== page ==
According to the American Cancer Society, “Two recently identified types of acute lymphoblastic leukemia (ALL) are extremely difficult to treat with existing drugs.” (19).
Studies on cannabis, however, show the herb can induce cytotoxicity in leukemia cell lines: “We have shown that THC is a potent inducer of apoptosis, even at 1 x IC (50) (inhibitory concentration 50%) concentrations and as early as 6 hours after exposure to the drug. These effects were seen in leukemic cell lines (CEM, HEL-92, and HL60) as well as in peripheral blood mononuclear cells.” (20)
Another study from 2006 also concludes that cannabidiol can dramatically induce cell death in leukemia cells. Researchers of this study claim that cannabidiol may actually be a new and highly selective treatment for leukemia (21).
Other studies show that cannabinoids not only inhibit the growth of a broad spectrum of tumor cells but that they are effective agents to trigger apoptosis in human leukemia cells (22).
A previous 2003 study published in Leukemia and Lymphoma also concludes that two non-psychotropic cannabinoids, cannabidiol (CBD) and cannabidiol-dimethylheptyl (CBD-DMH) will induce apoptosis in a human acute myeloid leukemia (AML) (23).
Estimates show 4,120 women will die from cervical cancer this year (24). While the 5-year survival rate is 68 percent, if cancer spreads to a distant part of the body, this rate drops to only 17 percent.
Most women with uterine cancer have surgery to remove their uterus (hysterectomy) and as well, often both fallopian tubes and ovaries. This is a non-reversible, highly invasive treatment.
Post-surgery, doctors also often recommend radiation, chemotherapy, hormone therapy or a combination of the three for more aggressive forms of endometrial and metastatic cancer (25).
Studies on cannabis and cervical cancer cells clearly show that cannabidiol extracts can prevent cell growth and induce cell death in cervical cancer cell lines.
A 2016 study, published in the BMC Complementary and Alternative Medicine, further shows that “both cannabidiol and cannabis sativa extracts were able to halt cell proliferation in all cell lines at varying concentrations.” (26)
Melanoma is the leading cause of death from skin diseases and it can easily spread deep into your skin and quickly metastasize to other tissues in your body.
Currently, there are few options for treatment beyond prevention and early detection. If diagnosed and treated early, when tumors are still thin and not deeply rooted in the skin, surgery is still an option. If missed, however, a melanoma will continue to divide under the skin’s surface and invade healthy tissue.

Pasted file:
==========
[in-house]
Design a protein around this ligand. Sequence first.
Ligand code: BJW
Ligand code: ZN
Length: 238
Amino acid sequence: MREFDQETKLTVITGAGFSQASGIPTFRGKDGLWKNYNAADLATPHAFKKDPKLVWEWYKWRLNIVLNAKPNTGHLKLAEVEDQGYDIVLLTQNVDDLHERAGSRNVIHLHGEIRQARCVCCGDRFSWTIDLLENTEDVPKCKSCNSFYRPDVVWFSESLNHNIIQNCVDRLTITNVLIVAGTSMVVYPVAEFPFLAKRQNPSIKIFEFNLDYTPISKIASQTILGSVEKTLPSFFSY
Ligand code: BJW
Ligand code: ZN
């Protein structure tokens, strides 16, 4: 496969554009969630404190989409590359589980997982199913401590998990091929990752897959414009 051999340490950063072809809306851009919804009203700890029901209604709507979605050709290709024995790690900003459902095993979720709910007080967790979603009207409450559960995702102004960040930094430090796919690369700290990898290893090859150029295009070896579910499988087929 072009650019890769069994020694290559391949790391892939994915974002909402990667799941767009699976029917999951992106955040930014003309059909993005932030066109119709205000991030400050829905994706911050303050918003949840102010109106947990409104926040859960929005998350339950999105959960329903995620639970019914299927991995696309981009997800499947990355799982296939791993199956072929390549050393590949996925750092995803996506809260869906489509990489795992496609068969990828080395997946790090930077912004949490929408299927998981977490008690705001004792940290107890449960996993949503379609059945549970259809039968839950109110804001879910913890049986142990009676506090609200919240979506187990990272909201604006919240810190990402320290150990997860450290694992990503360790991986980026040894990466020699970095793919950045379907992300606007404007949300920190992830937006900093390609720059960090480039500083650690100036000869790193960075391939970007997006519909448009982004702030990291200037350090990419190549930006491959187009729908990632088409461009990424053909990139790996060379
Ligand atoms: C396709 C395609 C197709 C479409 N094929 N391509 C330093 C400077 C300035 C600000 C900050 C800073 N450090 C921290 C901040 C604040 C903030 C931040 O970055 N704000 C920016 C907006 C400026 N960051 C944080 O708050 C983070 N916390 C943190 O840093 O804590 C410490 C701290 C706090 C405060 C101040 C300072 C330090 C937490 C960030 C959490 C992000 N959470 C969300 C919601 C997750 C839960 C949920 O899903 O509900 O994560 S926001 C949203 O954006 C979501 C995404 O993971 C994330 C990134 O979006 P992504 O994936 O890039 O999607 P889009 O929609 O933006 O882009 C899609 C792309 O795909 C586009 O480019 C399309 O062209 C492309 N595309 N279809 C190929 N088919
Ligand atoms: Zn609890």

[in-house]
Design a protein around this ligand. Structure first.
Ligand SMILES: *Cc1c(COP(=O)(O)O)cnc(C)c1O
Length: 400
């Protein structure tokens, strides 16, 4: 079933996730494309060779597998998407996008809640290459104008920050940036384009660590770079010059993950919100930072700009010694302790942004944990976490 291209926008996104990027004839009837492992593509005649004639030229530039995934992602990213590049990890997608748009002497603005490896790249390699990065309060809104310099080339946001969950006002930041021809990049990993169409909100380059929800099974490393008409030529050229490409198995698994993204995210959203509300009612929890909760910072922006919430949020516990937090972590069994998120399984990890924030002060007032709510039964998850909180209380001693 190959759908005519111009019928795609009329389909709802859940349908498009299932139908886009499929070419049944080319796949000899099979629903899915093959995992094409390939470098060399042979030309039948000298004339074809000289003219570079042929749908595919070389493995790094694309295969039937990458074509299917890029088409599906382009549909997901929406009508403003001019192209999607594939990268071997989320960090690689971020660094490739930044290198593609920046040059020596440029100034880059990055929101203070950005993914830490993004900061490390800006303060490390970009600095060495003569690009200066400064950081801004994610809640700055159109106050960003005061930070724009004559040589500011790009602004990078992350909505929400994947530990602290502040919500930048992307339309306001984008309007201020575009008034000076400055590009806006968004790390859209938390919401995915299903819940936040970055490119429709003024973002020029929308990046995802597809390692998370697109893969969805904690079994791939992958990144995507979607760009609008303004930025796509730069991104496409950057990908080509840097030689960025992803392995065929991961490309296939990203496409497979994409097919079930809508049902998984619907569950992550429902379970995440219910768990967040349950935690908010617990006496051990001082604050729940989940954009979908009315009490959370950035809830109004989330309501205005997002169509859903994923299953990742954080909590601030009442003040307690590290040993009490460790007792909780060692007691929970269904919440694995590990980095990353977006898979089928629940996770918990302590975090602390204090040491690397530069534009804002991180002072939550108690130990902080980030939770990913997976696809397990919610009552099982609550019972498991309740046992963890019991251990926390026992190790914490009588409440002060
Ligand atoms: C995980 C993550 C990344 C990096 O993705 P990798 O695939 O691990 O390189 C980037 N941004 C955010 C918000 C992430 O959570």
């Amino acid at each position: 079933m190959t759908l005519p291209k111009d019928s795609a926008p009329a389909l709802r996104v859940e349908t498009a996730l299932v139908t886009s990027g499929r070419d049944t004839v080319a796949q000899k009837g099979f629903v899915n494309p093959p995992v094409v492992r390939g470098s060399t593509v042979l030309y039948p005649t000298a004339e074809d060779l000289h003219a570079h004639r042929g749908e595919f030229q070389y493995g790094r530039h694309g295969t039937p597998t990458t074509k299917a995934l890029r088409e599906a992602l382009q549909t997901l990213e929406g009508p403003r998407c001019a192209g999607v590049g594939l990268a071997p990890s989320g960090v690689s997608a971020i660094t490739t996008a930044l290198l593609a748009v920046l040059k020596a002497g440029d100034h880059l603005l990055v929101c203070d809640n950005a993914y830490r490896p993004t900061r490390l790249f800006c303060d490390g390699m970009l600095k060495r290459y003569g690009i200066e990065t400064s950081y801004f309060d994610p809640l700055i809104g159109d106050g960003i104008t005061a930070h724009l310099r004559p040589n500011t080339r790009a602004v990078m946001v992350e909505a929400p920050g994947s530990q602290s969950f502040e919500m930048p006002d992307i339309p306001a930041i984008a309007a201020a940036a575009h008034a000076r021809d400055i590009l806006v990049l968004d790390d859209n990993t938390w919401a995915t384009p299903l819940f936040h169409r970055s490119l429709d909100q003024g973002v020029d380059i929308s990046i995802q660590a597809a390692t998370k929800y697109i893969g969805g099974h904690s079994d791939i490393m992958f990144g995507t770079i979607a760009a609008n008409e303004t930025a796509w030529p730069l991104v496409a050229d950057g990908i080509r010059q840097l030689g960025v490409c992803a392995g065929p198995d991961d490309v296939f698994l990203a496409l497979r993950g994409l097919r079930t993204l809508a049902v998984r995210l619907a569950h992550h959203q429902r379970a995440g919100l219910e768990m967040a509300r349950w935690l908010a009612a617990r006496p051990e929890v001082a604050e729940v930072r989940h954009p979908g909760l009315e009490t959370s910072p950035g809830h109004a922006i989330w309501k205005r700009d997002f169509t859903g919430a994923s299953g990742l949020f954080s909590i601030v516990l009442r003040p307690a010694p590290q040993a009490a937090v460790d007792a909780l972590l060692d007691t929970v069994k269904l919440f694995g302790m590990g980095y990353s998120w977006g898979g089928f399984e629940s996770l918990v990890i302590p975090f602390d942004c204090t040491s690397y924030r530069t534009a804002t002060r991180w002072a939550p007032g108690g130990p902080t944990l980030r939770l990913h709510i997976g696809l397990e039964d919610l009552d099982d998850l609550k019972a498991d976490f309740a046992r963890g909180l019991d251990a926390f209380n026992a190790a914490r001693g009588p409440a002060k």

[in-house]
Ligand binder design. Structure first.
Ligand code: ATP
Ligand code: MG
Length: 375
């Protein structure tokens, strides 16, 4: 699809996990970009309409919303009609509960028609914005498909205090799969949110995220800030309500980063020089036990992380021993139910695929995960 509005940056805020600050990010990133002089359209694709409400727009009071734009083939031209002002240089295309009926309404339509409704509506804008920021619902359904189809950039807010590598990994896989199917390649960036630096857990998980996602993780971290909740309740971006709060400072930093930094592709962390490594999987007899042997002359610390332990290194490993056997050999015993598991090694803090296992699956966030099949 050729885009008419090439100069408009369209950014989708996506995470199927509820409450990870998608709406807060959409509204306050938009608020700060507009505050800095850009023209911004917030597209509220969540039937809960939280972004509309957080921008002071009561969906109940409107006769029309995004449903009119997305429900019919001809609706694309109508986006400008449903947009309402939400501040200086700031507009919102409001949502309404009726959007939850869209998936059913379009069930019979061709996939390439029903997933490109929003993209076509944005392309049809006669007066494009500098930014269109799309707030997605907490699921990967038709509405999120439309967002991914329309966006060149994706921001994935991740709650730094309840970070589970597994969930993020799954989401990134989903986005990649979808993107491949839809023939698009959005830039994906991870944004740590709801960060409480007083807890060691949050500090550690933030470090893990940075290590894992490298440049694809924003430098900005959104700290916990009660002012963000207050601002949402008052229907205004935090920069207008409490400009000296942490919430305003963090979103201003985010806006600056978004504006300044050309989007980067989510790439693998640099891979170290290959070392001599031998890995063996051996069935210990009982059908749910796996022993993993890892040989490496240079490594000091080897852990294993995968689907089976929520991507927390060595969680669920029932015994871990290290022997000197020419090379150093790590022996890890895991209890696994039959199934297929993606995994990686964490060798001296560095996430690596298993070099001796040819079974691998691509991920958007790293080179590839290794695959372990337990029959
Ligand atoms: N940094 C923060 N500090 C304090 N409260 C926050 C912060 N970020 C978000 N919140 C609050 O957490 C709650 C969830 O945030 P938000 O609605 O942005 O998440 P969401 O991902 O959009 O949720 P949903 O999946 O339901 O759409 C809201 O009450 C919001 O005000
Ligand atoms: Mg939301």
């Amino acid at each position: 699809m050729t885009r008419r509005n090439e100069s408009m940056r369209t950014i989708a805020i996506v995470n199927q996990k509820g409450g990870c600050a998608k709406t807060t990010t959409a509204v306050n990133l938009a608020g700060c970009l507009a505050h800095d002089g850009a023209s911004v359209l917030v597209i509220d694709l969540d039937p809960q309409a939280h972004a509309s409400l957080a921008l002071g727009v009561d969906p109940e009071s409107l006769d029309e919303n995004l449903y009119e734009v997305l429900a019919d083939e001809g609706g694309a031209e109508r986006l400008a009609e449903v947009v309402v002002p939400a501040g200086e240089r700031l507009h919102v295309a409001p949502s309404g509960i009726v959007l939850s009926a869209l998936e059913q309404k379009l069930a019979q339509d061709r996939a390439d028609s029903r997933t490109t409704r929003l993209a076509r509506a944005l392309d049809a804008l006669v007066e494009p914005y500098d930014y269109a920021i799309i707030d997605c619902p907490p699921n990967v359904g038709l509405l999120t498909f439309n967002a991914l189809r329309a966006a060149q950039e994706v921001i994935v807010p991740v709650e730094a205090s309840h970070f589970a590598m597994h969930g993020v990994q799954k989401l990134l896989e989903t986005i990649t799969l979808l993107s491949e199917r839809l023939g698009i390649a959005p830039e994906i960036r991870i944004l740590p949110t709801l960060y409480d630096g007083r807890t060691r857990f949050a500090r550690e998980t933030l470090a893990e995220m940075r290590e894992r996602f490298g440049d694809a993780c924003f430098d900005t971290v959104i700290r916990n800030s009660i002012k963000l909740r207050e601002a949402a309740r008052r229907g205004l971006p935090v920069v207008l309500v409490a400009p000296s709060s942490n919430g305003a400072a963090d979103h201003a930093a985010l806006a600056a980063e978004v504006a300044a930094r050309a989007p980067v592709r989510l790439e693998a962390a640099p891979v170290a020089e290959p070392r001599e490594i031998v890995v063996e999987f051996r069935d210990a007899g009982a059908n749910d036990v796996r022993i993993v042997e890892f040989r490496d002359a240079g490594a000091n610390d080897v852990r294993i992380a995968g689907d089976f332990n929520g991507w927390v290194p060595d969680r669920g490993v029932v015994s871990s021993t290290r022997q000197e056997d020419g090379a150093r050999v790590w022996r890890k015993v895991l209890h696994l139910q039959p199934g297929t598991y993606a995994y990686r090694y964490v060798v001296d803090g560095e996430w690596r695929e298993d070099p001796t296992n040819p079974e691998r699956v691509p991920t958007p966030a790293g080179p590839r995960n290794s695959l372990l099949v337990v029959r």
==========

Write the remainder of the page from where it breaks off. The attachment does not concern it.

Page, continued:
This type of malignant melanocyte tends to grow downward instead of horizontally, so it becomes thick and deep and the disease easily invades your lymphatic system where it becomes hard to control as it spreads to other parts of your body (27).
Even with intensive research, prevention and early detection are still the only effective measures against melanoma. As such, new therapeutic strategies are vital for the management of this devastating disease.
One such treatment is cannabis according to a study published in the FASEB Journal, which shows cannabinoids encourages cancer cell death while decreasing growth, proliferation, and metastasis of melanoma cells (28).
Other studies show that cannabinoids are also effective for non-melanoma skin cancers. Specifically, cannabinoid-treated tumors show an increased number of apoptotic cells.
Researchers conclude the results “support a new therapeutic approach for the treatment of skin tumors.” (29)
According to other research published in the Journal of Clinical Investigation: “Local administration of [cannabinoids] induced a considerable growth inhibition of malignant tumors generated by inoculation of epidermal tumor cells into nude mice. Cannabinoid-treated tumors showed an increased number of apoptotic cells. This was accompanied by impairment of tumor vascularization, as determined by altered blood vessel morphology and decreased expression of proangiogenic factors (VEGF, placental growth factor, and angiopoietin 2). … These results support a new therapeutic approach for the treatment of skin tumors.” (30)
One of the complications of cancer is a compromised immune system, which results in cancer patients falling victim to an array of other diseases.
Research published in the paper Prostaglandins, Leukotrienes and Essential Fatty Acids shows that cannabis is a viable alternative for these people.
The study shows that cannabinoid compounds play a key role in “modulating the immune system to improve the outcome of a cancer diagnosis.”
Researchers suggest there is significant “therapeutic potential of these compounds in immune disorders and cancer.” (31)
Other studies confirm cannabimimetic agents have substantial effects on natural killer cells, which makes them valuable agents for reducing tumor growth and cell apoptosis.
Researchers claim that “cannabis demonstrates a subtle but significant role in the regulation of immunity and that this role can eventually be exploited in the management of human disease.” (32)
While there are literally hundreds of studies that clearly demonstrate the powerful anti-cancer properties of cannabis for preventing and even eradicating cancer without the often deadly side effects of conventional treatments, it is still an uphill battle to legitimize the herb.
Legalizing it is a good first step. In the interim, researchers continue to study cannabis’ potent healing abilities.
Scientific Studies from the National Institute of Health
If you’re still in doubt regarding the effectiveness of cannabis for healing cancer, have a look at these 100+ scientific studies from the National Institute of Health: